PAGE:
I live in Manitoba which is known for its cold and long winters and over the last several weeks, I’ve had several people ask me if I was looking forward to summer – to the warmer weather. I often answered with the response I knew they were expecting or gave a somewhat vague answer. But truthfully, I was not looking forward to summer.
For a really long time, I’ve been aware that I don’t handle heat well. And that was how I worded it when I would talk to people about it.
When temperatures rise too much, I feel like my energy is being sucked out of me. I get lightheaded and have more trouble breathing. I’ve had to stop exercising, cleaning, and other things because I would get too hot and lightheaded – even in winter.
For as long as I can remember, I’ve had episodes of blackening vision when getting up, especially in the morning. They were mild enough that I could keep walking or stop for a few seconds for them to pass. In the past several years, they had gotten worse in that I noticed my muscles started spasming when it got bad enough and I had to try to hold myself within a doorway waiting for it to pass and trying not to fall. They seemingly came at sporadic times and sometimes came during colder months. I had always assumed it came from my low blood pressure but the few times I mentioned it to doctors they didn’t do anything about it because my blood pressure appeared normal while I was in their office.
The episode that scared me
Blood pressure readings the two days after fainting
Last summer, I ended up on the floor in my apartment not remembering how I got there. I had badly sprained my ankle a month and a half before and as I became conscious, I was in immense pain from my muscles spasming in my ankle. Even though I was painfully aware of it, I couldn’t do anything to stop the spasming. My vision eventually cleared and the spasming stopped.
My mind at first brushed it off as another one of my dizzy moments due to my blood pressure. But as the situation and what might have happened dawned on me, I became very concerned and somewhat scared. I didn’t remember anything beforehand. I didn’t remember feeling dizzy after getting up. I didn’t remember if I had tried grabbing onto something before collapsing. What if I had hit my head on the corner of the counter. Did I have a seizure?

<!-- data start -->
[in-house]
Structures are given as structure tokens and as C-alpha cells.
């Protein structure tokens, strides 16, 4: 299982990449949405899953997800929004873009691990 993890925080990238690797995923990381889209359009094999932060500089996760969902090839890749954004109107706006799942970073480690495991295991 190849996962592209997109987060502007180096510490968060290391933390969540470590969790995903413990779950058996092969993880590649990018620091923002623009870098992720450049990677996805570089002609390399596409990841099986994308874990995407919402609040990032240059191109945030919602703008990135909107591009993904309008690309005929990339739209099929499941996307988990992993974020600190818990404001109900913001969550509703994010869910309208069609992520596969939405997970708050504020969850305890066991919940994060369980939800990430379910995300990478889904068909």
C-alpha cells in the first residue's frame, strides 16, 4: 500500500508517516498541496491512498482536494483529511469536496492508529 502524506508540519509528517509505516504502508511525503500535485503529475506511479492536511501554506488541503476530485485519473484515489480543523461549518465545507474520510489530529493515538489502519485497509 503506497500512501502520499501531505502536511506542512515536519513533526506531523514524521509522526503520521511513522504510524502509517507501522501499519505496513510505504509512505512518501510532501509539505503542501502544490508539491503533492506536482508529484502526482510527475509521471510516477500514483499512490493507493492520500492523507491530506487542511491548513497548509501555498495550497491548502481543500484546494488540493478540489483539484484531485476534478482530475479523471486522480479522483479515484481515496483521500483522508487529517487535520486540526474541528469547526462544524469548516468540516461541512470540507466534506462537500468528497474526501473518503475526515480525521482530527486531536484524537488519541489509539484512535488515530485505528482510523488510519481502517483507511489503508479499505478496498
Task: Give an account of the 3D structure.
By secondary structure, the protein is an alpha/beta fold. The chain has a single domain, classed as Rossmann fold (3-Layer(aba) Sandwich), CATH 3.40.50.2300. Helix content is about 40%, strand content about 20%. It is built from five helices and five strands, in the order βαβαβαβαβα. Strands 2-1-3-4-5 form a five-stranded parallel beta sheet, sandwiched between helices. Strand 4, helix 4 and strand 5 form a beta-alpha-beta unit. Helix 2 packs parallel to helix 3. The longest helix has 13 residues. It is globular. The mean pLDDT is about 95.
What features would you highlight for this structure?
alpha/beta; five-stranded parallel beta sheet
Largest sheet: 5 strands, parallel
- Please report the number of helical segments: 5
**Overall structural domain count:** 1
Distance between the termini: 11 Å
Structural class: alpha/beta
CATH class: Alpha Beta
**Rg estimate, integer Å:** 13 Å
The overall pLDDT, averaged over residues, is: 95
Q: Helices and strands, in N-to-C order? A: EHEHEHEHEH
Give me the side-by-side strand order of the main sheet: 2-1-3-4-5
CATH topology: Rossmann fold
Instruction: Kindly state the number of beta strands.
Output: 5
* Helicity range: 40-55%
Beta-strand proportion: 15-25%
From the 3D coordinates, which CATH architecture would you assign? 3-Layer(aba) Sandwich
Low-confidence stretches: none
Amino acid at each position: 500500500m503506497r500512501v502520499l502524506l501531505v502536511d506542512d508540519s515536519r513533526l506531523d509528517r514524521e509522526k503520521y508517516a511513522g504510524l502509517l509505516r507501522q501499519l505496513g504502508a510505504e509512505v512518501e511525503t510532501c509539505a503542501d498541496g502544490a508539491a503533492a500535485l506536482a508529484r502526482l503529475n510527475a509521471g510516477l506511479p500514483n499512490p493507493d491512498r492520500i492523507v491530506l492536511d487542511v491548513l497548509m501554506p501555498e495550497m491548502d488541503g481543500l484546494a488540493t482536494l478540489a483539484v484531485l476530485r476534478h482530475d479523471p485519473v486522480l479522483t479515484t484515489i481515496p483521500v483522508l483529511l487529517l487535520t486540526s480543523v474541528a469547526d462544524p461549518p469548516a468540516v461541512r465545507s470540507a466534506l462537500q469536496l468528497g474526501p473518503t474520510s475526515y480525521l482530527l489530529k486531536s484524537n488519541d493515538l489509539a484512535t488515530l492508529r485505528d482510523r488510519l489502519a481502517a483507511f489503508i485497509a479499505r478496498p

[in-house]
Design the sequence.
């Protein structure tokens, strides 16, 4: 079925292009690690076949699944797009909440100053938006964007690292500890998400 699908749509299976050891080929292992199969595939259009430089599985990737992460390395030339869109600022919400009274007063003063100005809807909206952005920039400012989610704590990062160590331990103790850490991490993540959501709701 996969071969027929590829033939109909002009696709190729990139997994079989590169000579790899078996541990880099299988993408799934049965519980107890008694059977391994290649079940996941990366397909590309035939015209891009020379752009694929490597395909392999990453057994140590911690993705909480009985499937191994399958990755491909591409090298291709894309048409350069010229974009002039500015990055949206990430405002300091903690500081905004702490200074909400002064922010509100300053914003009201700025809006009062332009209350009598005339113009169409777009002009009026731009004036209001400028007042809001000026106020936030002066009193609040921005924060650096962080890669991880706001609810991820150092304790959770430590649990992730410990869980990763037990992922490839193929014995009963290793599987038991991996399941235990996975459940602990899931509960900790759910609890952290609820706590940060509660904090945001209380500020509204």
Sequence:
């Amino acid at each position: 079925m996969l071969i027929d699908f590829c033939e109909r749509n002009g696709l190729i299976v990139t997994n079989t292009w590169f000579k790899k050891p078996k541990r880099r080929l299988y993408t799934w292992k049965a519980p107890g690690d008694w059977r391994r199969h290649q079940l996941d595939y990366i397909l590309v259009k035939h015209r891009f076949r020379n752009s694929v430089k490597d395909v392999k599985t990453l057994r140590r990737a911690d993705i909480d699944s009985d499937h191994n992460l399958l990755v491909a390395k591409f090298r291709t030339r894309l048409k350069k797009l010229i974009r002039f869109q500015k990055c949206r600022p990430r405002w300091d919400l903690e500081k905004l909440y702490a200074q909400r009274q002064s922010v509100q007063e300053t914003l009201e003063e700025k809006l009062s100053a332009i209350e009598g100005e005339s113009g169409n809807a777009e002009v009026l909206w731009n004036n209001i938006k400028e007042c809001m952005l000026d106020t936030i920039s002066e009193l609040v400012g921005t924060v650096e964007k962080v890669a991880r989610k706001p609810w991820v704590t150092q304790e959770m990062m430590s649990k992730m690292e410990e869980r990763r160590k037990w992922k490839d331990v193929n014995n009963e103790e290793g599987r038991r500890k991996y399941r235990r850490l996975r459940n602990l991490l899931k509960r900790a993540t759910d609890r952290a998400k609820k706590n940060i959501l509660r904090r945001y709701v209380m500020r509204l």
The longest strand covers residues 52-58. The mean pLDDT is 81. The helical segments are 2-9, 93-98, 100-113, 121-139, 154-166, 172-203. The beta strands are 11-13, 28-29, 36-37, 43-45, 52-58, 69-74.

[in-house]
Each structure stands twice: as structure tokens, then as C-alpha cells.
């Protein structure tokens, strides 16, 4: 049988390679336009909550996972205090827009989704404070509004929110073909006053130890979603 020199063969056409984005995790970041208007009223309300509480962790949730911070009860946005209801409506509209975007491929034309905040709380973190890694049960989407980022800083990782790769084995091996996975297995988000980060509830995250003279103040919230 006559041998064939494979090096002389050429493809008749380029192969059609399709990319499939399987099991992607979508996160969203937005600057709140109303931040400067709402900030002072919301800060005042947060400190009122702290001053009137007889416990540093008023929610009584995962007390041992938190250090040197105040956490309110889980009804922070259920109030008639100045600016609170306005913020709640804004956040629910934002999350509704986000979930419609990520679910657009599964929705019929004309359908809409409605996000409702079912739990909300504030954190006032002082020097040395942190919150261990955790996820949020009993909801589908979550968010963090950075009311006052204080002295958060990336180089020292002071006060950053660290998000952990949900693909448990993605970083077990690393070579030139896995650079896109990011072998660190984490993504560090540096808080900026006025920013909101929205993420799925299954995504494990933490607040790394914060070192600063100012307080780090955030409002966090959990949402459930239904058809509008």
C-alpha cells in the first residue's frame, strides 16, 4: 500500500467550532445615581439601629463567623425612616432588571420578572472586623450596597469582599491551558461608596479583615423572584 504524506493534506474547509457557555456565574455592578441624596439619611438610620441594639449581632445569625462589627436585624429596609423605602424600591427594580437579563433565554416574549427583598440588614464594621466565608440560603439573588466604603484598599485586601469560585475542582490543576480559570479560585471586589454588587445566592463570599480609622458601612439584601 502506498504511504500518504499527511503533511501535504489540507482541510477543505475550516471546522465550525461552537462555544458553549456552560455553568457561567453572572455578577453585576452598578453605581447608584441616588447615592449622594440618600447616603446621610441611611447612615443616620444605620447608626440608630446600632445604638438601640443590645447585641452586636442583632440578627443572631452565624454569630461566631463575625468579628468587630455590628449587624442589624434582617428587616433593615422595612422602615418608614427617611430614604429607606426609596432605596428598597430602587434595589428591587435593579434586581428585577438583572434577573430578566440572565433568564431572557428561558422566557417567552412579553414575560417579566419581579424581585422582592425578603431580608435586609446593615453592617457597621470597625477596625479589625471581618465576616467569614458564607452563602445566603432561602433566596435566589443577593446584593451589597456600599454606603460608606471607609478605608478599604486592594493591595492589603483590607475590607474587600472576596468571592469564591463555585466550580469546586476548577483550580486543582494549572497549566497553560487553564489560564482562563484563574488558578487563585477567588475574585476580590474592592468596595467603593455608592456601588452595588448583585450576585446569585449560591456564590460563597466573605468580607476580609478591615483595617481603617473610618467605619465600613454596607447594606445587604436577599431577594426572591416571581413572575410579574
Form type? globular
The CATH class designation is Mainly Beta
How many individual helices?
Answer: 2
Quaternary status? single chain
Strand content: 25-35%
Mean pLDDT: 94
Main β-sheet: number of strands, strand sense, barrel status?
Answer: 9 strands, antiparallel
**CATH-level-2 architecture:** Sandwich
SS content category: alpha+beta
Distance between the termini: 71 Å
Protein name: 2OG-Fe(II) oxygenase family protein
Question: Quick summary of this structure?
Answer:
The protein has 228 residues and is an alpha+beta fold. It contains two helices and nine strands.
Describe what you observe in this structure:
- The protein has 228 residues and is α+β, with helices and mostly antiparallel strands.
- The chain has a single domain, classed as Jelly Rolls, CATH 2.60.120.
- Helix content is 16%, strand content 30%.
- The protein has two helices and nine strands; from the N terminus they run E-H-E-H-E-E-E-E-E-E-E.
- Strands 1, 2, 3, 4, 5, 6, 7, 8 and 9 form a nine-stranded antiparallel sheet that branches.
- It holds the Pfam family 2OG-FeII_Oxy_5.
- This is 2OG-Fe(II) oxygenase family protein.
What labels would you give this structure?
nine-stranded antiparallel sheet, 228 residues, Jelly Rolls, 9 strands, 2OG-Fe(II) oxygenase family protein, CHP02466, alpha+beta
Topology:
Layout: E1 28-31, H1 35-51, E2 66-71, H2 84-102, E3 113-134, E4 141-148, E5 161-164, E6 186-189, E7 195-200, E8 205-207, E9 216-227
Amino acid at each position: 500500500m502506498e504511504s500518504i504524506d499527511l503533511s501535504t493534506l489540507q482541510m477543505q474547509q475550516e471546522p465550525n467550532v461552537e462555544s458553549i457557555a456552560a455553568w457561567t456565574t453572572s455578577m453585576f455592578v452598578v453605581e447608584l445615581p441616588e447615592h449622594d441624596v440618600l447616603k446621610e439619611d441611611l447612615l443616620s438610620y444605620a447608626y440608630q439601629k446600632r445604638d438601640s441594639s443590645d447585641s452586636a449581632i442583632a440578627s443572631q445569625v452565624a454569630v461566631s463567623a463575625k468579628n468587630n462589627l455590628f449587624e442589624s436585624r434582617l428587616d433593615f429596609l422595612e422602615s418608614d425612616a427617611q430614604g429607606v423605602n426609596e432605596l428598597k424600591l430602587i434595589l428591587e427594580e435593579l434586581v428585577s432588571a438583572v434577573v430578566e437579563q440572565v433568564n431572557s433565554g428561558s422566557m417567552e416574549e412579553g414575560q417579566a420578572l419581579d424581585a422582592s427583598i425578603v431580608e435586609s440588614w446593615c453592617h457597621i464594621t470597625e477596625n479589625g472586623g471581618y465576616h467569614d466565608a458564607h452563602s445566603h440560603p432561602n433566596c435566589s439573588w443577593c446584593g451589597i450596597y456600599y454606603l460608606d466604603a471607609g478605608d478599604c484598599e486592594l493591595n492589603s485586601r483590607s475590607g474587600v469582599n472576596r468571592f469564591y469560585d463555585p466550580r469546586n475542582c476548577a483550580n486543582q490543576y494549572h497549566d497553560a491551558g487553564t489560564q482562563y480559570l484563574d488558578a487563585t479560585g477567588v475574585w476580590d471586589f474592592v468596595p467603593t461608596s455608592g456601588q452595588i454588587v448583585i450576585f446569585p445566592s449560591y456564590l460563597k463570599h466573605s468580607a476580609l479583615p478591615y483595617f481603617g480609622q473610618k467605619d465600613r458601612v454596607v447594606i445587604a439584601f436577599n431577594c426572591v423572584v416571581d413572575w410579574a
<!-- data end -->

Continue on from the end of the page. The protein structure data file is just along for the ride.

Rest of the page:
Being the anxious person I am, I searched up if it was possible to have a seizure from low blood pressure and found out it was possible but rare.
I ended up telling my doctor about it and even though it seemed like she didn’t think much of it, she offered to send me to a neurologist to get it checked out.
Even though I didn’t think it had to do with my brain, I said yes and the neurologist took some tests. The tests all appeared normal and from the blood pressure measurements, he got me to take in the mornings before I got out of bed and after I stood up, he told me it was related to my blood pressure and recommended wearing compression socks and staying hydrated.
Trying to figure out a way to regulate my blood pressure
I bought a few compression socks from a pharmacy but the compression level wasn’t enough to do much.
I’ve been dreading the summer this year because I hadn’t gotten to the point where I felt comfortable with knowing how to manage my blood pressure. Heat always makes my blood pressure worse and the last few weeks, I had been feeling the light-headedness often already and the heat wasn’t too bad yet.
Almost three weeks ago, I was seeing my doctor for a different issue and I asked her if I could get a prescription for compression stockings so I could get coverage with my insurance and get the proper amount (compression stockings aren’t cheap). With my prescription in hand, I went to a medical store and got measured and had them ordered in. I picked them up last Friday and have been wearing them for not quite a week.
And it’s been the best part of my week. They work! On the weekend, I didn’t notice much difference because I was fairly sedentary but at work on Monday, I was shifting books and had to do a lot of crouching down and getting up. Before I would have to stop after only doing a few shelves because I would have to pause to wait for the light-headedness pass and I just couldn’t handle doing too much. But on Monday, after doing more than twice as much as I could handle the week before, I realized I hadn’t felt lightheaded once. The compression stockings were doing what I had hoped they would do.
They do make my legs and feet warmer than they normally would be but I’ll take it over feeling lightheaded.
For the first time in a long time, I am not completely dreading the heat. I won’t say I love the heat now, because I still don’t, but because of my compression stockings I’ll be able to tolerate it a little more.